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TAKI (article first published : 2004-04-25)

The Ancient Knowledge Initiative (TAKI), which collects, preserves and disseminates indigenous wisdom and heritage, is one of 23 projects supported by the Arts and Culture Trust (ACT), which receives funds from Trust founding partner Nedbank.

Money donated to ACT is dependent on turnover by Nedbank clients: the more Nedbank Arts clients use their Nedbank Arts affinity accounts, the more the trust receives.

TAKI is dedicated to safeguarding the ancient cultural history, traditions, legends, dances, and ethno-botanical and artistic knowledge of South Africa's indigenous people. Furthermore, TAKI creates jobs and promotes cultural diversity, awareness and understanding - all key focus areas for ACT, which emphasises the sustainable development and growth of the arts, culture and heritage.

The work at TAKI takes place in four integrated steps. First, elderly people with knowledge of oral history are identified. Second, field workers and translators are deployed to record, film and transcribe this knowledge. Third, the knowledge is accumulated, examined and compiled in various media - booklet form, video material and tape recordings - and returned to the community from whence it was sourced. Fourth, the booklets, videos and recordings are distributed to schools, the general public and the media.

The benefits of the Initiative reverberate from communities to the country as a whole, beginning with the oral story tellers, each of whom is paid per story. Work is generated for field workers, interpreters and transcribers. Valuably, the country's repository of indigenous knowledge and heritage is enlarged.

Based as it is in KwaZulu Natal, TAKI has made remarkable findings.

A cave has been discovered in the Busangathi area in the north, containing pierced grinding stones, as well as late white paintings, only the second such find in the province. A plant has been identified that shows the direction of east to west, as well as the approximate time of day, even in the thickest mist. The plant was used in the old days as a direction finder.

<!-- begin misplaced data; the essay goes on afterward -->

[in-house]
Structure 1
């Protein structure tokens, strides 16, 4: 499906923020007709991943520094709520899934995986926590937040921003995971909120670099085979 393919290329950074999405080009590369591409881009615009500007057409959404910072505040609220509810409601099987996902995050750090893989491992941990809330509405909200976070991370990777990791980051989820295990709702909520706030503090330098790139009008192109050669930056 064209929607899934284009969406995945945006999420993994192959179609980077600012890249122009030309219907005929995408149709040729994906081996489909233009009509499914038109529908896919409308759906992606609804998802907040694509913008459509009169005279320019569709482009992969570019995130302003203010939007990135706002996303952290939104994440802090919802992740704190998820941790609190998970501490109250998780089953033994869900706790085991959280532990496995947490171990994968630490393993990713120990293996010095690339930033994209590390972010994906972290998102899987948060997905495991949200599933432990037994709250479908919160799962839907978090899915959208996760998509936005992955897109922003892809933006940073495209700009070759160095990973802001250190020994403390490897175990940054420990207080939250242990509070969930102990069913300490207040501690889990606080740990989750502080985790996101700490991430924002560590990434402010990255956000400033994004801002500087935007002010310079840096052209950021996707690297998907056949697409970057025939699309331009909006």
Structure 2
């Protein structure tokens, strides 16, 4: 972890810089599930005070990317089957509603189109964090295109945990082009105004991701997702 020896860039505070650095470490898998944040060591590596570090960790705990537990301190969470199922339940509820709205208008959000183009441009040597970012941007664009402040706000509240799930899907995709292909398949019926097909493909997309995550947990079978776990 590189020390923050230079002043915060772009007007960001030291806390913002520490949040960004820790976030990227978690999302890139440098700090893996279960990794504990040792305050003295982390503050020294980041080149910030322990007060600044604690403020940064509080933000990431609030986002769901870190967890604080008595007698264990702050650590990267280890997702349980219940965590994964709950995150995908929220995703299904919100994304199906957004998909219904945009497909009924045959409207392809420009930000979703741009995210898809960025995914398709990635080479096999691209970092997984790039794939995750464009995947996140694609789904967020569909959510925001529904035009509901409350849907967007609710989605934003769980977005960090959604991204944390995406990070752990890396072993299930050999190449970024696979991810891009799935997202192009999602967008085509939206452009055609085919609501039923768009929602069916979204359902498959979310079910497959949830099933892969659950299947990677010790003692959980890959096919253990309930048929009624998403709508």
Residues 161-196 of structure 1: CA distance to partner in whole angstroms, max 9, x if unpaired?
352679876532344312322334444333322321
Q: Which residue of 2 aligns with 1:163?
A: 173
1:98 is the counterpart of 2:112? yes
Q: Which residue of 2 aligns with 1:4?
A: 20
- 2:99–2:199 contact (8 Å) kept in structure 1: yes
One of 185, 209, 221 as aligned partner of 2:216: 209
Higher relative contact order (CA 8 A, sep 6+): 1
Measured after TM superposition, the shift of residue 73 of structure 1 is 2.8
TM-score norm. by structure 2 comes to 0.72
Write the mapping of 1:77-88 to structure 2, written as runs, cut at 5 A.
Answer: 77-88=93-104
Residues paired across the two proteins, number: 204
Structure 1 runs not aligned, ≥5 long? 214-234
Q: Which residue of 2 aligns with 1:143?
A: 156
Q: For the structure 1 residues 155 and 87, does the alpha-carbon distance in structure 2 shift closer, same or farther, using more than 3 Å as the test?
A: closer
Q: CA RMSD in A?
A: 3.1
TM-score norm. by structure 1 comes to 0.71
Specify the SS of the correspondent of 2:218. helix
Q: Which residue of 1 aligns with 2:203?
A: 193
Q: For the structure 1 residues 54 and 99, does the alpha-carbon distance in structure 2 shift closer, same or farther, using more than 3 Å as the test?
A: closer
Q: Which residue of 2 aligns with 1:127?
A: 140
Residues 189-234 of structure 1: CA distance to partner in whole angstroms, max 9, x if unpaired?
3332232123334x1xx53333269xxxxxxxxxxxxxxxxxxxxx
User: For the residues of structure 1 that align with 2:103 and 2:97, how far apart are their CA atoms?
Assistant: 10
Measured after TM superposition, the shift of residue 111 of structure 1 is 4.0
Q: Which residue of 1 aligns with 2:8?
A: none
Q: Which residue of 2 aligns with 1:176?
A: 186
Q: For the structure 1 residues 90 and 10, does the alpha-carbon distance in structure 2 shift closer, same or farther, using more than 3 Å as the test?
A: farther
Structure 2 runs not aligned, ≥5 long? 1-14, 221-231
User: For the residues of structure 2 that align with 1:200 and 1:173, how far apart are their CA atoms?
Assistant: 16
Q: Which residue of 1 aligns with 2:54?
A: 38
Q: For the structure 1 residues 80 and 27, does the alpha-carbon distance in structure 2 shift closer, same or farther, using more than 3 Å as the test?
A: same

In the Didima area, the discovery of a healer, who still remembers the ancient medicine plants her grandmother used. On a field trip 14 new medicine plants were found.

Two painted shelters were found in the Didima area, both previously unrecorded. One has a panel of Bushman paintings measuring 5m x 2m and in the other were found an abundance of tools, as well as a battle scene of Bushmen fighting, both in good states of preservation.

The Durban North area has yielded the finding of what TAKI's Isolde Mellet-Pocock describes as a wonderful selection of Zulu - or possibly AmaHlubi - ancient stories and beautiful lullabies in Zulu.

To date, eight elderly, knowledgeable people have been interviewed in the Kamberg area, from whom 37 stories have been collected and transcribed. One fieldworker is at work in each of the following areas: Kamberg, the Reichenau, Durban North, Verulam and Didima, where there is also a translator.

With the funding of the Art and Culture Trust, storyteller Happiness Zanisa Msomiwe has been employed in a programme fwhere she will go to schools (at their invitation) to teach Grade Ones, Twos, Threes and Fours stories simple songs, games and lullabies.

TAKI is collecting stories from Rainmakers, heaven herds and lightning fighters and welcomes any old medicinal plant remedies, old games, songs, myths and legends from all cultures, dances and ceremonies, be they Sotho, Amazizi, Afrikaans (Boereraad we think was collected from the Bushmen).

More information from Yolande Korsten (yolande@shadowrain.co.za) on 012 661 7485 or 083 453 9616.




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